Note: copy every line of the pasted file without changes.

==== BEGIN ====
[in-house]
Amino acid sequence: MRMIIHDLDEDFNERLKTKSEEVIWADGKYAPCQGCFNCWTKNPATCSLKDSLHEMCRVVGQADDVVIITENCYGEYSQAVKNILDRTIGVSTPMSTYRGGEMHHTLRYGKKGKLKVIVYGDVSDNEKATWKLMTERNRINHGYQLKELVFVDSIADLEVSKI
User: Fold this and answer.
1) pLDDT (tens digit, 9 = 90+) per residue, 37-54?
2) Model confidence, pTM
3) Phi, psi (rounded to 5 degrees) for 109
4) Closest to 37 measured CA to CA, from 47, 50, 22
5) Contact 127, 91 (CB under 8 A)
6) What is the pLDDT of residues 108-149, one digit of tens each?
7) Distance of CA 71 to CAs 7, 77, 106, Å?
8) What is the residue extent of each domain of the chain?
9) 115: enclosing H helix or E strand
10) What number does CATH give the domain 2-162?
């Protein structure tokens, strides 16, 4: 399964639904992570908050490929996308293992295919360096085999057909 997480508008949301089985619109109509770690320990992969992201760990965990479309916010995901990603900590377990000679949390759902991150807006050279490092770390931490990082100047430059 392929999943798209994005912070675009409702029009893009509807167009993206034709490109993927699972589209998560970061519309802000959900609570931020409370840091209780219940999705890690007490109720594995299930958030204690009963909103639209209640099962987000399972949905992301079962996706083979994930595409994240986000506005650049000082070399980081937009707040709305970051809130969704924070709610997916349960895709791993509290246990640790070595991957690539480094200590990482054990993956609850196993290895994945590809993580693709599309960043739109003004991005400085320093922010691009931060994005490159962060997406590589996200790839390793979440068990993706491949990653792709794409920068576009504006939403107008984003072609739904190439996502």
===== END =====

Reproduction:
[in-house]
Amino acid sequence: MRMIIHDLDEDFNERLKTKSEEVIWADGKYAPCQGCFNCWTKNPATCSLKDSLHEMCRVVGQADDVVIITENCYGEYSQAVKNILDRTIGVSTPMSTYRGGEMHHTLRYGKKGKLKVIVYGDVSDNEKATWKLMTERNRINHGYQLKELVFVDSIADLEVSKI
User: Fold this and answer.
1) pLDDT (tens digit, 9 = 90+) per residue, 37-54?
2) Model confidence, pTM
3) Phi, psi (rounded to 5 degrees) for 109
4) Closest to 37 measured CA to CA, from 47, 50, 22
5) Contact 127, 91 (CB under 8 A)
6) What is the pLDDT of residues 108-149, one digit of tens each?
7) Distance of CA 71 to CAs 7, 77, 106, Å?
8) What is the residue extent of each domain of the chain?
9) 115: enclosing H helix or E strand
10) What number does CATH give the domain 2-162?
């Protein structure tokens, strides 16, 4: 399964639904992570908050490929996308293992295919360096085999057909 997480508008949301089985619109109509770690320990992969992201760990965990479309916010995901990603900590377990000679949390759902991150807006050279490092770390931490990082100047430059 392929999943798209994005912070675009409702029009893009509807167009993206034709490109993927699972589209998560970061519309802000959900609570931020409370840091209780219940999705890690007490109720594995299930958030204690009963909103639209209640099962987000399972949905992301079962996706083979994930595409994240986000506005650049000082070399980081937009707040709305970051809130969704924070709610997916349960895709791993509290246990640790070595991957690539480094200590990482054990993956609850196993290895994945590809993580693709599309960043739109003004991005400085320093922010691009931060994005490159962060997406590589996200790839390793979440068990993706491949990653792709794409920068576009504006939403107008984003072609739904190439996502």